How do I choose between PRESENTE, FUTURO, PASSATO PROSSIMO & IMPERFETTO?
OR... How do I know which tense to use?
Italian has a bunch of tenses, divided into various "verbal moods". It's a mess. Scary and always clear!
At the bottom of this page you will find a supplemental video explaining how to interpret a verb conjugator (whether a book or an online tool)
The Present Tense: IL PRESENTE
The Italian Present Tense is used to render the following scenarios:
– Generic statement: I speak
– Continuous action in the present: I am speaking
– Future action: I will speak
– Intentional action: I am going to speak
In all these cases we would simply say:
I speak Italian / I am speaking Italian / I will speak Italian / I am going to speak Italian
DOMANI PARLO ITALIANO CON TE
Tomorrow I will speak Italian with you / Tomorrow I am going to speak Italian with you
CHE FAI? PARLO ITALIANO!
What are you doing? I am speaking Italian!
The Future Tense: IL FUTURO
The Italian Future Tense is rarely used to speak about the future. We use the Present Tense for that, right?
The Italian Future Tense is mainly used for suppositions. When we are guessing something. In English we use the verb MUST to accomplish the same.
CHE ORE SONO?
NON LO SO. SARANNO LE 7.
What's the time?
I don't know. It must be 7.
Literally we are saying “they will be” (SARANNO in the future of ESSERE)
SAI QUANTO COSTA?
COSTERÀ 20 EURO?
Do you know how much that costs?
It must cost 20 euro?
Literally: “il will cost”.
The Italian Future Tense is used for things in the future, but when there is DOUBT about their coming to fruition. Basically, we use the future when we are not sure about that thing actually happening.
UN GIORNO VINCERÒ LA LOTTERIA
One day I'll win the lottery
SONO SICURO CHE AVRAI FIGLI
I am sure you will have kids
These are different from us saying that:
– “in 2 years we'll go to Japan“
– FRA DUE ANNI ANDIAMO IN GIAPPONE
with the Present Tense
Because in this latter case, when we say that we're going to Japan, we believe that it will happen. We are certain about it. Sure, it might not happen, but our intention in saying it is that it WILL definitely happen.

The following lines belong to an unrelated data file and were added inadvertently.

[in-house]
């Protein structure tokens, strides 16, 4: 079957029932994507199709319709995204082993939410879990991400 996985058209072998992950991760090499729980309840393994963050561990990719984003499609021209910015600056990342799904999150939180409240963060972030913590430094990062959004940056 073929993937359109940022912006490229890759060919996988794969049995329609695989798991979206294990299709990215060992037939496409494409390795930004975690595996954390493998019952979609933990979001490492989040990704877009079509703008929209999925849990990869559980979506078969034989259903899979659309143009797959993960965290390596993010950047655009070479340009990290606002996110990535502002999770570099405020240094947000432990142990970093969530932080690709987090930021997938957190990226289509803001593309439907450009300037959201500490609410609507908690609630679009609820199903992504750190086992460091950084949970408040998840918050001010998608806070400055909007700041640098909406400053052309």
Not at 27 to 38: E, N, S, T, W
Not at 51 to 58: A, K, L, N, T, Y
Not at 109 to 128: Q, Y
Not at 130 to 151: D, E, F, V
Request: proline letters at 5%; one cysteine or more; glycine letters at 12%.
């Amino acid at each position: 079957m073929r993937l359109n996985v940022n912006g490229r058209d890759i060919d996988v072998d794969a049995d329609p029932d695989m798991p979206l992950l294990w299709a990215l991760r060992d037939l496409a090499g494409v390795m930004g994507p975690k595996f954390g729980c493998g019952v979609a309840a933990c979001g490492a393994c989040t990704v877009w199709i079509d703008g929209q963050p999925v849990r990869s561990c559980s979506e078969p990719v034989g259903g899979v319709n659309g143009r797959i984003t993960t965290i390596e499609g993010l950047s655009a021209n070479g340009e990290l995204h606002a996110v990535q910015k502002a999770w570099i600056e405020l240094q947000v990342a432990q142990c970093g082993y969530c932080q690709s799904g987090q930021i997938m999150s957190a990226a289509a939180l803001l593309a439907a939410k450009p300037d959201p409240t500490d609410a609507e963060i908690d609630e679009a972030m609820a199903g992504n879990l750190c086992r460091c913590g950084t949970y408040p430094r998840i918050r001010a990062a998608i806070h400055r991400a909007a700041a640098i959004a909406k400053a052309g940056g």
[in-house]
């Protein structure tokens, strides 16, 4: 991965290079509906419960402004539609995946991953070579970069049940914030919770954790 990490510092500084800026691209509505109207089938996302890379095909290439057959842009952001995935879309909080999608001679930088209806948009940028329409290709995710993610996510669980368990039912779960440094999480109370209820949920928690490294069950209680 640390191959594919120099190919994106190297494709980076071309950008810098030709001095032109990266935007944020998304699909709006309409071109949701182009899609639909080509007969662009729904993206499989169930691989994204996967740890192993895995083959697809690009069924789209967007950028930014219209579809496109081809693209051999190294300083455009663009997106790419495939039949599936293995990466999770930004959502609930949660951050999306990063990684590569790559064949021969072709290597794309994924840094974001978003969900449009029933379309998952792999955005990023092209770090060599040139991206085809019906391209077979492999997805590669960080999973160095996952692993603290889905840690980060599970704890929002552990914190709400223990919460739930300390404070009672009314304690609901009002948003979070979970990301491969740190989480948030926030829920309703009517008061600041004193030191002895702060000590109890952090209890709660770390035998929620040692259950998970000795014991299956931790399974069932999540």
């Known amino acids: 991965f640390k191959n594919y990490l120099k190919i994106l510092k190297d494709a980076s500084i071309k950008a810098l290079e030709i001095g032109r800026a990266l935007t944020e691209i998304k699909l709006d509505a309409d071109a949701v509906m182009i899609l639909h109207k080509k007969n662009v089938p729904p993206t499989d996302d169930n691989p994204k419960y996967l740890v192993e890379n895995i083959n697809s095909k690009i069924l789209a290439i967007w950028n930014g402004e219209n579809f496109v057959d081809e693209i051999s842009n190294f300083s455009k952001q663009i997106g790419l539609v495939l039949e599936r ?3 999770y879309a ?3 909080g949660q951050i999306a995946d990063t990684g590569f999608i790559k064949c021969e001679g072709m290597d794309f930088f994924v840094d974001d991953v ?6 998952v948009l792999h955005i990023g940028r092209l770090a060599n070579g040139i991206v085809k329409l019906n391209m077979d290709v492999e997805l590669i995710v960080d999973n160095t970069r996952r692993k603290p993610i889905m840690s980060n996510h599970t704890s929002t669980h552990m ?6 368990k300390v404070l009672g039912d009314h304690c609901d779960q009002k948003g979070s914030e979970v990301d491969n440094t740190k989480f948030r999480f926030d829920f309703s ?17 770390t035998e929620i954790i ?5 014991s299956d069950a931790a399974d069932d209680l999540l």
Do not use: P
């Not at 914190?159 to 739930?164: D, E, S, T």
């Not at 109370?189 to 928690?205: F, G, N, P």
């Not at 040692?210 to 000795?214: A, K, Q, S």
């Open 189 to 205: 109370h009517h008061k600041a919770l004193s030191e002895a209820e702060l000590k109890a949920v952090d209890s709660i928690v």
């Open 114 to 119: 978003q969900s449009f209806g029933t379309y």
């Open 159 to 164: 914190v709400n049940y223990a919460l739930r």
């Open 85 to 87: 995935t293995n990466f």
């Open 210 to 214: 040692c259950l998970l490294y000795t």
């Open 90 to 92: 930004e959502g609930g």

The Perfect Past Tense: IL PASSATO PROSSIMO
The Italian Passato Prossimo is used to express anything that HAPPENED (took place) in the past (regardless of its proximity to now). An action that has a beginning and an end.
IERI HO VISTO UN BEL FILM
Yesterday I watched a good movie
10 ANNI FA SONO ANDATO A NEW YORK
10 years ago I went to New York
STAMATTINA HO GIÀ PRESO 3 CAFFÈ
This morning I have already had 3 coffees
The Imperfect Past Tense: L'IMPERFETTO
The Italian Imperfetto is another past tense that is used to:
– describe things / events in the past (nothing happened)
– habits in the past
– continuous actions in the past
As the name suggests, this tense is “imperfect” in the sense that it doesn't really tell us a full story.
LA MIA PRIMA MACCHINA ERA ROSSA
My first car was red
QUANDO ERO GIOVANE GIOCAVO A TENNIS
When I was young I used to play tennis
IERI MENTRE NUOTAVA, LUCA HA VISTO UN DELFINO
Yesterday, while he was swimming, Luca saw a dolphin
Here the fact that my car was red, is just a description. My car didn't do anything.
The fact that I played tennis while I was young implies that I played it the whole time I was young, which is a pretty long time! It's a habit.
Finally, the fact that Luca was swimming, is a continuous action in the past, which sets the scene for what actually happened (he saw a dolphin). We couldn't stop our sentence at “Yesterday while Luca was swimming.” That would be … imperfect! 😉
I also recorded this video explaining how to interpret a Verb Conjugator like www.verbix.com to select the right tense for our needs.